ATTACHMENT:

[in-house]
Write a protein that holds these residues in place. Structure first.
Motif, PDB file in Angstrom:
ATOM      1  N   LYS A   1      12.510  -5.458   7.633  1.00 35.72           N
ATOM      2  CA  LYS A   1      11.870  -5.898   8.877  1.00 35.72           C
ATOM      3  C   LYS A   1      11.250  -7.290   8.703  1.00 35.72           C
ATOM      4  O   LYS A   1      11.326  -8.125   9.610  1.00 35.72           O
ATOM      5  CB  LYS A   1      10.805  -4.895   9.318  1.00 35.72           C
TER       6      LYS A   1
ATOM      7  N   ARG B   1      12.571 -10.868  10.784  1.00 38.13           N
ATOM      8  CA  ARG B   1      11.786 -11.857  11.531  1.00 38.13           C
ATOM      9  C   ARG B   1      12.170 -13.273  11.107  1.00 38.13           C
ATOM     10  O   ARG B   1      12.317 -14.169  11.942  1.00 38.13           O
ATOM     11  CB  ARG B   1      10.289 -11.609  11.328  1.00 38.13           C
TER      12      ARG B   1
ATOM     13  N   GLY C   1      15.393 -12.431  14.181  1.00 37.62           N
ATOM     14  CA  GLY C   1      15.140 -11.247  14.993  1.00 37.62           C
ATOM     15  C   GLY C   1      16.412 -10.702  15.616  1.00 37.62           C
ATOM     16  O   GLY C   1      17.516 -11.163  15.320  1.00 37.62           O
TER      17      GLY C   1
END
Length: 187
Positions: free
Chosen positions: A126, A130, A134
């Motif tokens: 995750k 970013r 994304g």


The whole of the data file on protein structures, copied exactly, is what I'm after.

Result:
[in-house]
Write a protein that holds these residues in place. Structure first.
Motif, PDB file in Angstrom:
ATOM      1  N   LYS A   1      12.510  -5.458   7.633  1.00 35.72           N
ATOM      2  CA  LYS A   1      11.870  -5.898   8.877  1.00 35.72           C
ATOM      3  C   LYS A   1      11.250  -7.290   8.703  1.00 35.72           C
ATOM      4  O   LYS A   1      11.326  -8.125   9.610  1.00 35.72           O
ATOM      5  CB  LYS A   1      10.805  -4.895   9.318  1.00 35.72           C
TER       6      LYS A   1
ATOM      7  N   ARG B   1      12.571 -10.868  10.784  1.00 38.13           N
ATOM      8  CA  ARG B   1      11.786 -11.857  11.531  1.00 38.13           C
ATOM      9  C   ARG B   1      12.170 -13.273  11.107  1.00 38.13           C
ATOM     10  O   ARG B   1      12.317 -14.169  11.942  1.00 38.13           O
ATOM     11  CB  ARG B   1      10.289 -11.609  11.328  1.00 38.13           C
TER      12      ARG B   1
ATOM     13  N   GLY C   1      15.393 -12.431  14.181  1.00 37.62           N
ATOM     14  CA  GLY C   1      15.140 -11.247  14.993  1.00 37.62           C
ATOM     15  C   GLY C   1      16.412 -10.702  15.616  1.00 37.62           C
ATOM     16  O   GLY C   1      17.516 -11.163  15.320  1.00 37.62           O
TER      17      GLY C   1
END
Length: 187
Positions: free
Chosen positions: A126, A130, A134
């Motif tokens: 995750k 970013r 994304g």